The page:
I suppose in some ways this is an okay article.
The guy who wrote it is kind of doing a take on some book or article he read about how Christians should approach sexuality, which is all well and good, but the article basically concludes by saying the solution for the chaste is to view Christianity as a “banquet.”
I know you’re randy and want to have actual sex with an actual person, but just think about how great Jesus is and that will take care of it, seems to be the conclusion.
I’ve seen this approach before to this issue by other Christians, but it does not satisfy me. It spiritualizes away a primal, very real and physical desire.
Telling me to imagine pretty sun sets if I have a craving for a piece of lasagna is not going to help me want the lasagna less.
(Link): The Good News About Our Longings: Sexuality and Spirituality by R. Villados
…At the core of this interplay between sexuality and spirituality is desire and longing.
What we do with our sexual desires and longings says a lot about what we believe about God. Which is why we need to clearly define terms.
…Defining spirituality and sexuality can seem like a daunting task because there’s lots of confusion with these words, so in offering a simple way forward, I have found Deb Hirsch’s definitions (found in her book, Redeeming Sex) instructive.
…The Church has not often integrated these two dimensions of life [sexuality, spirituality] well.
…Author Ron Rolheiser notes that throughout history, there has been a “divorce between Religion and Eros.” He writes,
“like all divorces it was painful and in all divorces the property got divided up: religion got to keep God and the secular got to keep sex. The secular got passion and God got chastity.”
It’s important to note that in his usage of the word “chastity,” Rolheiser is critiquing popular notions of how chastity is understood, not diminishing it as a powerful and sacred way of life. But his point is well taken.
The author then runs through three views of sex that Christians and culture take. He feels this is the best one:
3. The Banquet
The gospel offers us a Banquet. The Kingdom of God is a feast. It’s a feast of communion with God which leads to a feast of communion with others. The gospel is the message that all of life, through the death, resurrection, and ascension of Jesus, is a gift to be enjoyed and ultimately points us to God—this includes sexual desire.
In the Banquet, we are reminded that from the very beginning humanity was made for community and intimacy with each other. We have often misplaced our longings and have reaped the consequences, yet the offer remains. The sexual desires we possess, when ordered rightly, bring us to communion with God.
In this respect, the love of God doesn’t remove our desires, it reorders them.
The Banquet is the recognition that we were created for ecstasy, but that ecstasy is only found in God.
So the thinking is, I guess, to take your sexual frustrations and desires and focus them on God, or busy yourself so much into working in soup kitchens, that you hopefully won’t notice you’re not getting laid.
If that author, or another person finds that helpful, okay, but that sort of thinking does not do anything for me.
To quote participants from another site (which I quoted on my own blog in a review of the book “Singled Out”): (Link): (Source):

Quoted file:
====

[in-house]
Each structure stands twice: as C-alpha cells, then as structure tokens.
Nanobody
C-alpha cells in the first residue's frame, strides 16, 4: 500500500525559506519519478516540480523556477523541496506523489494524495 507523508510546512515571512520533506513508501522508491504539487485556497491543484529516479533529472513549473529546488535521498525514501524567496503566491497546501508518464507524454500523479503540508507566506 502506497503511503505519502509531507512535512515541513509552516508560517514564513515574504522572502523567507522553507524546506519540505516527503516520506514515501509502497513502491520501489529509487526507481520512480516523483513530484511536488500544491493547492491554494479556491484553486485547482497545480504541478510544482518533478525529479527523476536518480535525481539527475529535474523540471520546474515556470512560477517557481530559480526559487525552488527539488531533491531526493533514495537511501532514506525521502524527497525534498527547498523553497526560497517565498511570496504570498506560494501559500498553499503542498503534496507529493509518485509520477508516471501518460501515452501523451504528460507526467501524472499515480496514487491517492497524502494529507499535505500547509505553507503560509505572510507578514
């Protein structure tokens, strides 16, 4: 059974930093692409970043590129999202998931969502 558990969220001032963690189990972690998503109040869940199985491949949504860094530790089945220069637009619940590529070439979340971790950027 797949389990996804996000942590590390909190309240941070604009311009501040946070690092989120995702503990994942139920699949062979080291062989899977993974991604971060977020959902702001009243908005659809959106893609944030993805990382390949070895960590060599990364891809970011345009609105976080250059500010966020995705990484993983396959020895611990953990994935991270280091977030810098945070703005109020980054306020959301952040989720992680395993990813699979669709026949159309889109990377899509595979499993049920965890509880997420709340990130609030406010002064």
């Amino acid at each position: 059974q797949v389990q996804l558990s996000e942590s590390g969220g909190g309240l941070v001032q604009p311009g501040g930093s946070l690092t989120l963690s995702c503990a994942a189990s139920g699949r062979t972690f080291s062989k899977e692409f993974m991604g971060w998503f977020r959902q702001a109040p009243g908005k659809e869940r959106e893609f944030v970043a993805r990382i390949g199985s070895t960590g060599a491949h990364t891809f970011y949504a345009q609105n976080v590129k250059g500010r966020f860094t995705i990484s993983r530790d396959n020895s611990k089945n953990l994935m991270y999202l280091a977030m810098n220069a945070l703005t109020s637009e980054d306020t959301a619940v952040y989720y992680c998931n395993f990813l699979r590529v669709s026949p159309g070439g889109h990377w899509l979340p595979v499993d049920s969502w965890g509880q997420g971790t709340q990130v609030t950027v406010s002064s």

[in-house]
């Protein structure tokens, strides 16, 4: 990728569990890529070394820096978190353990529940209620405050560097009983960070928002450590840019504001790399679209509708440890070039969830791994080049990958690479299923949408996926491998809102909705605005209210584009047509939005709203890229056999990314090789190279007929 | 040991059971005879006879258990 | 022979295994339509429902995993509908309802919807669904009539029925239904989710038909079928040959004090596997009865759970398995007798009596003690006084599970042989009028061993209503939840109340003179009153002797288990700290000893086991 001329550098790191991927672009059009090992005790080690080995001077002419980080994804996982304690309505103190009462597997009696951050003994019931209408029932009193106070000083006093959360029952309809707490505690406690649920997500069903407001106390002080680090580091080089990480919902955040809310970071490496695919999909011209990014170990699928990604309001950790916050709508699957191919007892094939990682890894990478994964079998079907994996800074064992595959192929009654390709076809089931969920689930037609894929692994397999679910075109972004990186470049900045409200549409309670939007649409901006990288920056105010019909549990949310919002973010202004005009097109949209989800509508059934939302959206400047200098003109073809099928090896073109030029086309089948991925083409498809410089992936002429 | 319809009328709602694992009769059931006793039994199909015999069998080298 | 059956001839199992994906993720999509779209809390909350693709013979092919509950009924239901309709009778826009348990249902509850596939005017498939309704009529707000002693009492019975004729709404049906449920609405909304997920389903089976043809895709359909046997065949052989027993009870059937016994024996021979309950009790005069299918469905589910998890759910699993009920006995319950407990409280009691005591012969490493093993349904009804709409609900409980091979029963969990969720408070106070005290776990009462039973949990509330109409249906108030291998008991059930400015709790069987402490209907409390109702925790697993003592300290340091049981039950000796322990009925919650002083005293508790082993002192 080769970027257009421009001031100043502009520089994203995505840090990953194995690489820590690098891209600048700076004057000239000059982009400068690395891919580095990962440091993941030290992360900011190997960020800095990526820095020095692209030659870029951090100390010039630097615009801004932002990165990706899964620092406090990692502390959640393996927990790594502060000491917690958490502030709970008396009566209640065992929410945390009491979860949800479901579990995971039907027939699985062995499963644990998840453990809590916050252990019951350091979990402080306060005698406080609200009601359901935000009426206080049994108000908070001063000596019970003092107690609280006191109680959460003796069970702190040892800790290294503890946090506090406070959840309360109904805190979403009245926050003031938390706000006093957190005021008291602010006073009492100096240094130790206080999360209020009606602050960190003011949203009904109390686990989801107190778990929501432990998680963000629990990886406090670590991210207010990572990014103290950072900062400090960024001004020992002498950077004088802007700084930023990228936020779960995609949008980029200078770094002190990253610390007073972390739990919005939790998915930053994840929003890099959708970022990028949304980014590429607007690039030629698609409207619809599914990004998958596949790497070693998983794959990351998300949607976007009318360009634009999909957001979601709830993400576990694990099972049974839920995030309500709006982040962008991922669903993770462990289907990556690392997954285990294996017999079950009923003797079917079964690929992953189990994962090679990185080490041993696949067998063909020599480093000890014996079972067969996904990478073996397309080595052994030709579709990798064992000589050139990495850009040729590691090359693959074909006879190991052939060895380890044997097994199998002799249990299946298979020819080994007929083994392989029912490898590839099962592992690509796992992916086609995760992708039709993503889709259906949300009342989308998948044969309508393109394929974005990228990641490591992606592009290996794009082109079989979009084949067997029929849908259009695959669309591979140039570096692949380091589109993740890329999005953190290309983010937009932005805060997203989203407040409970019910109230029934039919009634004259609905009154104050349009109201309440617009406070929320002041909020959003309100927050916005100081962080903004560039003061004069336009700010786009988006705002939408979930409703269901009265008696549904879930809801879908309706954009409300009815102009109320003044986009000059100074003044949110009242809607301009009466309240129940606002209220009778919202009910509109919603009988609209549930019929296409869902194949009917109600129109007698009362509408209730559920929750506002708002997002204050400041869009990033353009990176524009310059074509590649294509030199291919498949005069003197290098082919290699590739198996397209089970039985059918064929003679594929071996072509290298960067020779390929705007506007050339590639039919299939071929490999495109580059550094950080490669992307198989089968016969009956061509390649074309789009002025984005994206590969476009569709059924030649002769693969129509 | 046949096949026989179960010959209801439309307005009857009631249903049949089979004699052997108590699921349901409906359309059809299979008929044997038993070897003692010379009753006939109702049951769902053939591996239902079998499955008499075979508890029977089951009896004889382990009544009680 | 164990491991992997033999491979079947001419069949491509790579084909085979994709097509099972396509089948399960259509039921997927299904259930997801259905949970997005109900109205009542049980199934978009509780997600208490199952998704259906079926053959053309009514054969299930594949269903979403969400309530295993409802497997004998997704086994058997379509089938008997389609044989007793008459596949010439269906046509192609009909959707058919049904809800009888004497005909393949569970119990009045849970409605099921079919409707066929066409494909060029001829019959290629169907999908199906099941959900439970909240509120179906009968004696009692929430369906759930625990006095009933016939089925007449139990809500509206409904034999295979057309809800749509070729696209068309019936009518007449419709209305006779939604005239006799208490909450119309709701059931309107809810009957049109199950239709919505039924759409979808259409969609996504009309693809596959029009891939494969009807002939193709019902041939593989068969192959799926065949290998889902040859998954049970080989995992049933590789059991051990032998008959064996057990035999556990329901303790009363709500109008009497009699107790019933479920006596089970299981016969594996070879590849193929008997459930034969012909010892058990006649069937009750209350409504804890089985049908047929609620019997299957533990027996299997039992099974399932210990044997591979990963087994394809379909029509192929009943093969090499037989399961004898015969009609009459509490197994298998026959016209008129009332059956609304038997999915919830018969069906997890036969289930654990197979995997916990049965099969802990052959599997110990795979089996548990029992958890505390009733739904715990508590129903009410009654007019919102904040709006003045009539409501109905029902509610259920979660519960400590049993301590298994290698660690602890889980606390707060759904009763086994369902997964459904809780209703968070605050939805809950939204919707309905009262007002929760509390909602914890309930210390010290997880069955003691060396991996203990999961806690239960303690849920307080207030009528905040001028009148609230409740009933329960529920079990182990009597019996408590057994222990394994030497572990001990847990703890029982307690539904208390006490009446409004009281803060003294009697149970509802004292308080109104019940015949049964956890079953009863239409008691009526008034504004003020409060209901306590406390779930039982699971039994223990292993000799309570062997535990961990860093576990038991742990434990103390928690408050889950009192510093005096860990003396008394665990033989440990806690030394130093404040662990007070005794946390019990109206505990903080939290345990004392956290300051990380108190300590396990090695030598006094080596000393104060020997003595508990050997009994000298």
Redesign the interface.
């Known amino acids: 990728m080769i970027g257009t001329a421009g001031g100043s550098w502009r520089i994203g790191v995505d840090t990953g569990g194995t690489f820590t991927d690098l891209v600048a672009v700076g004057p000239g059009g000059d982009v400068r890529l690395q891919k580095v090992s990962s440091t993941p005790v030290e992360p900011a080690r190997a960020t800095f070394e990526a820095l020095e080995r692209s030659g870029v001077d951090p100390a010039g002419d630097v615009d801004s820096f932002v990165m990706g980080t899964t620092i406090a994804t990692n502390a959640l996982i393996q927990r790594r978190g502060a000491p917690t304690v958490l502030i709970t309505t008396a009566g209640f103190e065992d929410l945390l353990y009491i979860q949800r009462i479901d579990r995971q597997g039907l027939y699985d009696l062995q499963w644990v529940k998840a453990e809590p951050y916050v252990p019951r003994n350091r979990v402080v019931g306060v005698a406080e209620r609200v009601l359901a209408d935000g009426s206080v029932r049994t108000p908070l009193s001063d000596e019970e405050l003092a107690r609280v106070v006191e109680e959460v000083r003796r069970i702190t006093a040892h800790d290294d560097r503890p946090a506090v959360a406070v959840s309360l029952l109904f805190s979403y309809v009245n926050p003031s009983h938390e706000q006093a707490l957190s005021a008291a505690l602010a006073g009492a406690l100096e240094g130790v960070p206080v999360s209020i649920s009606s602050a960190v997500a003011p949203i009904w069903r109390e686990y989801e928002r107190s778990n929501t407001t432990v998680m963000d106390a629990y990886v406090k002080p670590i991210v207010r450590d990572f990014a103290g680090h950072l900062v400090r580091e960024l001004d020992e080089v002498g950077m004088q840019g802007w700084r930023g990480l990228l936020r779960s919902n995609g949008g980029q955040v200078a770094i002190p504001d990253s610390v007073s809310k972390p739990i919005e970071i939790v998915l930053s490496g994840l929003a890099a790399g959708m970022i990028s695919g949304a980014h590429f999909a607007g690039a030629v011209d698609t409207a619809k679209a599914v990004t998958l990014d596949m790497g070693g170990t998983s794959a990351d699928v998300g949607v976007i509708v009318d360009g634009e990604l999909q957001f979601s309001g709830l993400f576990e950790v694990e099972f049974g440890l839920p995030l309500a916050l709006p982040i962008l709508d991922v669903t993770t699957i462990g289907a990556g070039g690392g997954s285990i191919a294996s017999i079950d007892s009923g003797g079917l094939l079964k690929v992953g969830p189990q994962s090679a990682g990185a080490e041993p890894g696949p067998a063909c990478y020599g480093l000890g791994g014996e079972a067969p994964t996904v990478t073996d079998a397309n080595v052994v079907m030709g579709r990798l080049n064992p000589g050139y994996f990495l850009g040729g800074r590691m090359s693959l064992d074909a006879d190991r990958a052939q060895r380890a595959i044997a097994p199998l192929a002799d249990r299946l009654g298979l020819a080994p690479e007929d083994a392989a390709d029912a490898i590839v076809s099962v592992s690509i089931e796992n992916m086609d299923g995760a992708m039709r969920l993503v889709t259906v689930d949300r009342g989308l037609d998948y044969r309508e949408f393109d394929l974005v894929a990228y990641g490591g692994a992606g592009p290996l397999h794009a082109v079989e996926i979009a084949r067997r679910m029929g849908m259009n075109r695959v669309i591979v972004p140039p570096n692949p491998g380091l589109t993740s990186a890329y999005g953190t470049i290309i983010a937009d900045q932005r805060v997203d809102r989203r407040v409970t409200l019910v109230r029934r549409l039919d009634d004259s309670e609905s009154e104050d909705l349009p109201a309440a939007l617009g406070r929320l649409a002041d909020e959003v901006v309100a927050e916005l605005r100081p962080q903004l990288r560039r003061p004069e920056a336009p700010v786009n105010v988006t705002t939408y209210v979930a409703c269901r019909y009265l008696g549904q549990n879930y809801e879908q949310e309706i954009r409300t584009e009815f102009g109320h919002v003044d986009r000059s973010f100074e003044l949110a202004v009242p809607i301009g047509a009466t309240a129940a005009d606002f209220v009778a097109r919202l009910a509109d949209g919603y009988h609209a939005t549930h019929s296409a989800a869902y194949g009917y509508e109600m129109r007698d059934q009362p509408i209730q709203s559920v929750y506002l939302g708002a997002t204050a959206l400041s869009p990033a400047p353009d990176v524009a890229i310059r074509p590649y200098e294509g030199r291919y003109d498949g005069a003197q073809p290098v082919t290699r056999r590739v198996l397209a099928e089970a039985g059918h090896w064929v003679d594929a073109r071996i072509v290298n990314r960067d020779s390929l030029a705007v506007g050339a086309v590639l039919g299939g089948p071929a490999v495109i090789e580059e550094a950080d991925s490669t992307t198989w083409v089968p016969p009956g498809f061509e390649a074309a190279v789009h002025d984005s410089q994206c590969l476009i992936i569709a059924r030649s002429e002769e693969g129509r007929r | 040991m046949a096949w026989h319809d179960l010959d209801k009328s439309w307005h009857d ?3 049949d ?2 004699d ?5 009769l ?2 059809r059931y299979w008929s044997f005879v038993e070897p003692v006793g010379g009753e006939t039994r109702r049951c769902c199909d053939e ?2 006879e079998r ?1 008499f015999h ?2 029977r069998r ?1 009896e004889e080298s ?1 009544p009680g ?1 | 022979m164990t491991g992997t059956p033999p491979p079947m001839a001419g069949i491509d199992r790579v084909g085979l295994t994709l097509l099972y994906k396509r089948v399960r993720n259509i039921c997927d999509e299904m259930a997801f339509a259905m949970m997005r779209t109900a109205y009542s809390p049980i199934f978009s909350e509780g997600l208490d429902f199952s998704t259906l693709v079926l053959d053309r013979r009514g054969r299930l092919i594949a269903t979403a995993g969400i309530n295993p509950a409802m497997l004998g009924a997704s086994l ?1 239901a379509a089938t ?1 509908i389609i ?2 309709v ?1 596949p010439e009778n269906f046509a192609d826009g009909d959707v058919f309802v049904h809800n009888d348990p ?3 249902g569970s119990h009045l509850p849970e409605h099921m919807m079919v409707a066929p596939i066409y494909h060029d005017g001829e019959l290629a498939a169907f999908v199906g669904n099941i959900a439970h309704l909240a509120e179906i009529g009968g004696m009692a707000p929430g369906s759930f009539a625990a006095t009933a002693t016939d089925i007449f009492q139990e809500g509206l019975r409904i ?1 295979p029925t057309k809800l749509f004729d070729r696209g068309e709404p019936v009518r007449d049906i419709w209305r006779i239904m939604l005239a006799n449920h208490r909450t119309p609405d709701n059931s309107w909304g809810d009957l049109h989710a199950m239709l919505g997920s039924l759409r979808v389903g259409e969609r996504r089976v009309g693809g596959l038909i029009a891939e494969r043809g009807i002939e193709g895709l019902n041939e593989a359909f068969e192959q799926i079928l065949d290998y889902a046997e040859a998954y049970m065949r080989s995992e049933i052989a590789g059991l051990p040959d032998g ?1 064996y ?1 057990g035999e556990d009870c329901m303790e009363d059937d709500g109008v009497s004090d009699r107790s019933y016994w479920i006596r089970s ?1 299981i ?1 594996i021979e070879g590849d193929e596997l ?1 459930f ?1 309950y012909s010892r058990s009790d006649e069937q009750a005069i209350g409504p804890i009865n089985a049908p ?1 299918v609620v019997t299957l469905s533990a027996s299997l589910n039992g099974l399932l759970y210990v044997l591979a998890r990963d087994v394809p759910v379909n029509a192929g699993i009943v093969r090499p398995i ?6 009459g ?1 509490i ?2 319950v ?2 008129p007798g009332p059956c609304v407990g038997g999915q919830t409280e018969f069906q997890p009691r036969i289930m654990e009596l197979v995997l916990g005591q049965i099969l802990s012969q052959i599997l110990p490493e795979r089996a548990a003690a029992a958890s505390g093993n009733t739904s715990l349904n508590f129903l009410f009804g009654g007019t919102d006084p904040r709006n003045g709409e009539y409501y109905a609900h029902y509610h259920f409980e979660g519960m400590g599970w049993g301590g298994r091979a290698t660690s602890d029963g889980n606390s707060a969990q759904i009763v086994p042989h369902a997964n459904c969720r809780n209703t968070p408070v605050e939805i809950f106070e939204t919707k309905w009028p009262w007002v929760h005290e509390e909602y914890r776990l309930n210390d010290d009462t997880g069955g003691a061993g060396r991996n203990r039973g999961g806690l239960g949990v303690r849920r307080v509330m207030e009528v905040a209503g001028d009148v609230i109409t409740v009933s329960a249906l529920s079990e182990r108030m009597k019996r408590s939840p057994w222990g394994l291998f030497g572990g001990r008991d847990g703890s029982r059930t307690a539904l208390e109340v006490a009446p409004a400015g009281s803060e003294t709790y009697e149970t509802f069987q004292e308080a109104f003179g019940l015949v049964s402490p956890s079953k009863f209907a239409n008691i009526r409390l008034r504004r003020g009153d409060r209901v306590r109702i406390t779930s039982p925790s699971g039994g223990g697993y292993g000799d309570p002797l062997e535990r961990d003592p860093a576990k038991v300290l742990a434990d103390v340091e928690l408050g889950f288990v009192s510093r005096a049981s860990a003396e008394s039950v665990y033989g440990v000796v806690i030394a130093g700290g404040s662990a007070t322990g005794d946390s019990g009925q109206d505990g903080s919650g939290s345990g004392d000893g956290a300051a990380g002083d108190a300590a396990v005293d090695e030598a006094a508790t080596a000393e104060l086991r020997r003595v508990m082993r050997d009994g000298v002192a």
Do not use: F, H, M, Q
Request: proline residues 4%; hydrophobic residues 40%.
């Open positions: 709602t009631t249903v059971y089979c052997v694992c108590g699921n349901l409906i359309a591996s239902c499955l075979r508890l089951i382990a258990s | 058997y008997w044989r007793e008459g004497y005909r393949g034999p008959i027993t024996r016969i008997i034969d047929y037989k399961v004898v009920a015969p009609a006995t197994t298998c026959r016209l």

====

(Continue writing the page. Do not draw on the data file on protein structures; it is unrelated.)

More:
My sentiments exactly, Joe and Marie. Platitudes and churchy blather to singles has gone beyond ridiculous. I wrote a scathing review of this book on Amazon titled “An Unchosen Single Does Not a Celibate Make”. Exhortations to the involuntarily single to be not only sexually abstinent but “celibate” are psychologically vexing. Celibate service is for those who are passionately inclined toward it (as per Matthew 19:11-12) — not a consolation prize or default for the circumstantially single.
Posted: August 11, 2009 11:22 PM
I’m 39 and still a virgin. I don’t need any more lectures on sexual purity. I either need a husband or a rooftop and an AK-47. It’s getting ridiculous when I hear the same platitudes over and over again. Singleness is not a gift. The ability to stand celibacy is and I was in the bathroom when that gift was handed out.
by Joe Chip:
Eh, this whole obsession with “living as a Godly single” always rubs me the wrong way… there is nothing wrong with being single.
There is nothing wrong with being married.
But there is everything wrong with pretending that sad, depressed and lonely Christian singles can buy books and intellectualize the pain away.
It’s a real issue and the answer may just be found in a mate. “It is not good for man to be alone.”
Comments by me on that older post:
Because based upon the book review, the book itself appears to be filled with arguments that try to intellectualize Christian singleness, and hence, make prolonged singleness seem more palatable, acceptable or attractive to those who are afflicted with it.
(January 2014 Edit: I later read a copy of the book [Singled Out] months after writing this post, and the book does have its good points, but is also chock full of shaming older single people who still want marriage, which is not a good thing.)
…In other words, it’s [Christian book about singleness] one of those nauseating works that tries to convince the Christian man or woman that if you’re never married and / or are still a virgin past the age of 35 that is wonderful and peachy keen because you’re such an asset for the Kingdom of God.
It’s one of those Christian books that tries to sugar coat how horrible it is to never be married [when you had expected and still would like to be married]. It’s one of those works that tries to get you to see the sliver lining or bright side in being without a partner.